The Yankees And Manny Machado – A Win-Win For Both Sides

Manny Machado, San Diego Padres (Photo: Getty Images)

As it turned out, the Yankees and Manny Machado were not a match made in heaven. Still, it’s a win-win for both sides, and that means something…

As the details come dripping out slowly, we are learning that neither the Yankees or Manny Machado ever had an interest in each other. The Yankees are set in their belief that they have all they need to bring a World Series Title to New York in 2019. And Manny Machado, together with his wife (never forget that element) looks to be very comfortable in the laid-back setting of San Diego for the next decade.

As it played out, we learned something refreshing about Manny Machado’s character. You’re up, Bryce. What will we learn about you?

His first words in the video that follows – “Whew, I’m glad that’s over” – accents the relief this 26-year old is feeling. Who knew he was just a small-town boy who would be happy away from the glare of the media and rabid fan bases in cities like New York and Philadelphia? $300 million makes anyone happy, of course, but this goes beyond the money.

Let your attention focus not on Manny Machado’s words in which he says all the right things, but instead on his body language, expressions, and sense of humor, of which, who would have thought he had one? See here…

Throughout the process leading up to his signing with the Padres, I’ve been as harsh a critic as anyone on Manny Machado. Like many others, I couldn’t, for instance, let go of his behavior in last year’s World Series. In retrospect though, the real mistake I made is to assume that action is who Manny Machado is, and always will be.

Without seeing a need to call in a bunch of psychiatrists, Manny Machado appears to be a person who is not made for the spotlight. He would have been crushed, much like Sonny Gray and before him, A J Burnett, and how many others in Yankee Stadium. And with a touch of irony perhaps, could he have picked a spot any further from New York City?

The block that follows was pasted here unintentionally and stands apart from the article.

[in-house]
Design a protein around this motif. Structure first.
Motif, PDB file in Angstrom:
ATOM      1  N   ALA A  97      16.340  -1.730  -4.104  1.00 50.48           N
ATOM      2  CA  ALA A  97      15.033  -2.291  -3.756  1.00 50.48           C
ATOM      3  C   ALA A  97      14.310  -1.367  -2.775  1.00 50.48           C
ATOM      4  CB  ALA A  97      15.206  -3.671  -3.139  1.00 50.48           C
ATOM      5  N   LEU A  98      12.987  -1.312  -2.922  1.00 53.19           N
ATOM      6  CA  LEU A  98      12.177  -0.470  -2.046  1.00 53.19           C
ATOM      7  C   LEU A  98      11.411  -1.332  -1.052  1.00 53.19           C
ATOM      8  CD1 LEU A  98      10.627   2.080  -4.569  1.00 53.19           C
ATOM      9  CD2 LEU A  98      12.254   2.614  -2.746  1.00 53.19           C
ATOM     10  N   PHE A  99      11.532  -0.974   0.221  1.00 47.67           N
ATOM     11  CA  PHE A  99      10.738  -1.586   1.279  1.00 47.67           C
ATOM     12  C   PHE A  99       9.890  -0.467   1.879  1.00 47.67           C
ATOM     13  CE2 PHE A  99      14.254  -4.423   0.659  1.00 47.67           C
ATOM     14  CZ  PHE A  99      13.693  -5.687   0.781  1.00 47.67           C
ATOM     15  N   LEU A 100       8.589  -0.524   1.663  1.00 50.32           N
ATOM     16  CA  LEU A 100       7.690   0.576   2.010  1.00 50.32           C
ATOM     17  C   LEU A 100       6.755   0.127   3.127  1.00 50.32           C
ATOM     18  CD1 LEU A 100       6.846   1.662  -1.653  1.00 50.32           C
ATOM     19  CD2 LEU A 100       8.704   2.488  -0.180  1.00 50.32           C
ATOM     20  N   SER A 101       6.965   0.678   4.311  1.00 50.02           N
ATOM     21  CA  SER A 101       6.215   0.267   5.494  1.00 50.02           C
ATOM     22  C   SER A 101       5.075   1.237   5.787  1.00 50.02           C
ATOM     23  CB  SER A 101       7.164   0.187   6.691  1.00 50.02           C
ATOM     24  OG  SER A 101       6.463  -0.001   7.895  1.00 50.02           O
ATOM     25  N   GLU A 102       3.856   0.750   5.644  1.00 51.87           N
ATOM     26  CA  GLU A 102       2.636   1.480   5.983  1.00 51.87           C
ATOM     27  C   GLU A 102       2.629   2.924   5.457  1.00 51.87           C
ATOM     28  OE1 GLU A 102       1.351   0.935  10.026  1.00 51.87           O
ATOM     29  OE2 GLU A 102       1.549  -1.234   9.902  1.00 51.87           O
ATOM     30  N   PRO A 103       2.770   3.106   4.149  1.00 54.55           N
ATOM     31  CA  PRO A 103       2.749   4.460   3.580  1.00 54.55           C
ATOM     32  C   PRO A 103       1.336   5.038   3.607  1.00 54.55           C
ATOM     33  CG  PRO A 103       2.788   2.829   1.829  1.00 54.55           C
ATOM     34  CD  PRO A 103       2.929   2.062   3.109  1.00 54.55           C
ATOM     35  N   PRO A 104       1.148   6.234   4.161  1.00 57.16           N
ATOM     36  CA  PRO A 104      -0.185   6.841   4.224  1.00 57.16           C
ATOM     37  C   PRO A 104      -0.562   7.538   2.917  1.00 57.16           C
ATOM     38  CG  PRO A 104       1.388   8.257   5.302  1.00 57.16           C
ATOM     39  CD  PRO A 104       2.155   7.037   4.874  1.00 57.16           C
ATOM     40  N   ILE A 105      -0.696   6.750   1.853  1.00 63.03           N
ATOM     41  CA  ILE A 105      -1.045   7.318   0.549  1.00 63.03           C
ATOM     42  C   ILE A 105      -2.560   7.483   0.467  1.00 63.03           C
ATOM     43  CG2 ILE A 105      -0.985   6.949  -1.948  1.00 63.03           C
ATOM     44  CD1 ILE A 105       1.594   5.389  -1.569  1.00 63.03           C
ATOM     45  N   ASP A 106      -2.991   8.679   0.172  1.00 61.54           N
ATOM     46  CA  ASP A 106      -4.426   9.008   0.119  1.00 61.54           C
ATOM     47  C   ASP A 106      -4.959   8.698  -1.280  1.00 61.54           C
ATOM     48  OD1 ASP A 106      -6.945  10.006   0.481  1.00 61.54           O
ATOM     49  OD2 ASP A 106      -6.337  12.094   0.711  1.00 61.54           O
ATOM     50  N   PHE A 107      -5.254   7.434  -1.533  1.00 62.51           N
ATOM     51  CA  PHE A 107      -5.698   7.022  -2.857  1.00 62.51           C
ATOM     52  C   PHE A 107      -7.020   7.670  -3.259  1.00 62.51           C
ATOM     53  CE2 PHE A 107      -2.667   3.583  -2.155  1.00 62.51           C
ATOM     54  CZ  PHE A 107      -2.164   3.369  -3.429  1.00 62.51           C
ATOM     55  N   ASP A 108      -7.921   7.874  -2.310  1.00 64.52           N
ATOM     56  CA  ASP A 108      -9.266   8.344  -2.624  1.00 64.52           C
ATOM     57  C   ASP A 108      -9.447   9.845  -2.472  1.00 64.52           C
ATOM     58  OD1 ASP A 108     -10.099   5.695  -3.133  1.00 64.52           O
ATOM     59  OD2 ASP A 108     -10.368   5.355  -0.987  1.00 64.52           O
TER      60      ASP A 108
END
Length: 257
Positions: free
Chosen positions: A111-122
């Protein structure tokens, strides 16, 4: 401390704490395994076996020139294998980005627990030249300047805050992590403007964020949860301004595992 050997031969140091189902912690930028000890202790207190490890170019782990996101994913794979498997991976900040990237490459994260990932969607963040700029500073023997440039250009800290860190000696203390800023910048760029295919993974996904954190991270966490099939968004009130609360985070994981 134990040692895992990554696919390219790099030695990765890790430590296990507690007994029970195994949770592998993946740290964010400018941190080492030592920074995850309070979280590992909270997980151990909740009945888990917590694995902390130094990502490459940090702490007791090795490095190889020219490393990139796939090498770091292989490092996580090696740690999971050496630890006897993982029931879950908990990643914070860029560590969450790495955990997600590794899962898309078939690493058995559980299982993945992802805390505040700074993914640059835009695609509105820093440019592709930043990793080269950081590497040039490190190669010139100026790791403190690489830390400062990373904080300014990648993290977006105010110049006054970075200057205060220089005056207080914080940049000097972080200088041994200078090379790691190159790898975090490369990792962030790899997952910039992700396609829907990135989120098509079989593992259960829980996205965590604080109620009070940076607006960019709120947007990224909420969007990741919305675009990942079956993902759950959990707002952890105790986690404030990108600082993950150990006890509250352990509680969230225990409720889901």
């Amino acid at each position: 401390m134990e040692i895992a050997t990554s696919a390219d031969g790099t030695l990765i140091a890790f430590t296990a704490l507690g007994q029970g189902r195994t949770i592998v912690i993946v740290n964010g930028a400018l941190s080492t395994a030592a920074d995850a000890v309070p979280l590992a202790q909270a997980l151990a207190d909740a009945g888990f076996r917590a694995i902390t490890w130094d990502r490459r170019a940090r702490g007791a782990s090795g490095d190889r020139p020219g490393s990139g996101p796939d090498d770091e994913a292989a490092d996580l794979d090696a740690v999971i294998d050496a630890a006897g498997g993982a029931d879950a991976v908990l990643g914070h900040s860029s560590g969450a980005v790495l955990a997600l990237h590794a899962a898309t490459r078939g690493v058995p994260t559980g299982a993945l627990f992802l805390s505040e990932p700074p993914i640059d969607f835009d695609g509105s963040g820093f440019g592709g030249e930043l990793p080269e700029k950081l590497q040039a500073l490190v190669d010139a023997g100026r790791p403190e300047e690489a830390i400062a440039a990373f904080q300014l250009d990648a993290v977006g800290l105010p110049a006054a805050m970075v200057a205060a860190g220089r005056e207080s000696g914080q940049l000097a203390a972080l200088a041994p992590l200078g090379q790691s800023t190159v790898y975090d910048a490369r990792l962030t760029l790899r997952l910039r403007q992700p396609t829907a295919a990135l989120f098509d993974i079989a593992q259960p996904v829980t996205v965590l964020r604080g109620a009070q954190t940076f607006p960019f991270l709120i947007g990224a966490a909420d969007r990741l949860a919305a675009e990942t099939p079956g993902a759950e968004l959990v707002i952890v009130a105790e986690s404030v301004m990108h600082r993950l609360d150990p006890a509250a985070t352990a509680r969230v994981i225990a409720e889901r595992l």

Manny Machado lost touch with himself last October. As the talk of the baseball world for months upon months – where would the Orioles trade him? – Before finally landing in the second biggest market in baseball with the Dodgers – and then to top it off an appearance on the National stage in a World Series? Without excusing his childish behavior, it proved to be too much for Manny Machado.

With the notable exception of the Phillies, who appeared to kiss Machado on the mouth every day in a desperate attempt to land someone – anyone – willing to play baseball in their city – teams like the Yankees, Dodgers, Nationals, and Cubs kept their distance from Machado.

They did so under the guise of “financial considerations,” with Brian Cashman offering in today’s New York Daily News that (paraphrasing) “I have a new boss and his name isn’t George,” whom he once had to tell, “George, we can’t have everybody.”

But more accurately it seems to be they stayed away because they sensed the same thing noted above about Manny Machado – our teams and cities are too big for him, and ultimately, he won’t be happy here.

And with that, Miguel Andujar gets a much-deserved chance to prove to everyone he is a genuine major league third baseman who is going to continue to rake the hid off the baseball for the next decade. This, while the team as a whole has an opportunity to go through Spring Training without the hiccup of a new kid on the block arriving to be assimilated into the clubhouse.

For the Padres, that’s not a problem at all. Fernando Tatis Jr. sits there in waiting for Manny Machado’s guidance and mentoring, something Machado is looking forward to (reference the video). This, while the Padres sit there with the number one farm system in baseball, even though most of their pitching prospects are barely old enough to drink. But they have a future, and for $300 million Manny Machado will be part of it.

As it played out, we learned something refreshing about Manny Machado’s character. Or, at least, I did. Now, we’ll get to know a bit more about Bryce Harper, and whether he’ll run to the money, even if it means playing in oblivion for the Chicago White Sox – or will he choose a destination that follows where he wants to be, as Machado has done?

And so, a final thought before we move on from Manny. Would Bryce Harper accept a four-year $160 million deal with a player opt-out after the second year (if offered) to play for the New York Yankees – presumably fulfilling a boyhood dream…?

Written by Steve Contursi, Editor, Reflections On Baseball
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Author: stevecontursi

I am an amateur writer with a passion for baseball and all things Yankees and Mets.

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